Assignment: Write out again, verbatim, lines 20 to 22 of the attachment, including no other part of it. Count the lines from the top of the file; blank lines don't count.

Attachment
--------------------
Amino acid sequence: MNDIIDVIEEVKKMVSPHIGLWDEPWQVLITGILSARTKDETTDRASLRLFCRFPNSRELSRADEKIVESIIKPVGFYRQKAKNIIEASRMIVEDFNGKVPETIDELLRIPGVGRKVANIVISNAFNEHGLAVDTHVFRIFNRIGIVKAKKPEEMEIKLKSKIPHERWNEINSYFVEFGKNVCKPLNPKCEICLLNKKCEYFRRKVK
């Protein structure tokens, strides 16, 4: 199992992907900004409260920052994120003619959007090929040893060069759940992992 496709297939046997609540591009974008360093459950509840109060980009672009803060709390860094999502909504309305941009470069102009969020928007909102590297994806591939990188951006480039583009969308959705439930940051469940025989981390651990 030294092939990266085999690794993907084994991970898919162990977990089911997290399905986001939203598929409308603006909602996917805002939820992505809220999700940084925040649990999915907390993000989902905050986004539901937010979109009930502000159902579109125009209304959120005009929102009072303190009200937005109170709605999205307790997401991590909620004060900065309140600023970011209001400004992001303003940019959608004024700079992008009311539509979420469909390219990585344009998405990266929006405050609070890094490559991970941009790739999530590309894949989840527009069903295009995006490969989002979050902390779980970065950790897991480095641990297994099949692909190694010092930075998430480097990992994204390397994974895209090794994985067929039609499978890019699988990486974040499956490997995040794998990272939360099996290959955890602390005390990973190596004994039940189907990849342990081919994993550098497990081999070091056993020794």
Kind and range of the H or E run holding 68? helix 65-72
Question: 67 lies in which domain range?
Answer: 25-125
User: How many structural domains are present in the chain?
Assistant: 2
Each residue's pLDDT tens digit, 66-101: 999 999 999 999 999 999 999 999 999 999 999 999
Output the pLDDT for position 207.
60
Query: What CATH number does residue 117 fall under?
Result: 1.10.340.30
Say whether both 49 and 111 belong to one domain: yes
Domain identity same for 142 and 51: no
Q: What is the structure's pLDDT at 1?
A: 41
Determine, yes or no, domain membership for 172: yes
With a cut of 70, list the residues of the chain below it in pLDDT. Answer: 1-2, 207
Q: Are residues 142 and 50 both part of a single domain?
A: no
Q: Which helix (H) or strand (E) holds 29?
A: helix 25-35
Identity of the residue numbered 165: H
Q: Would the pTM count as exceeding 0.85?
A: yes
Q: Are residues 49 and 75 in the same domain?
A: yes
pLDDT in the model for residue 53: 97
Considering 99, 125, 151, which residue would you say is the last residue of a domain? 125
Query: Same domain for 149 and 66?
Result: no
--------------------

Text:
A: no
Q: Which helix (H) or strand (E) holds 29?
A: helix 25-35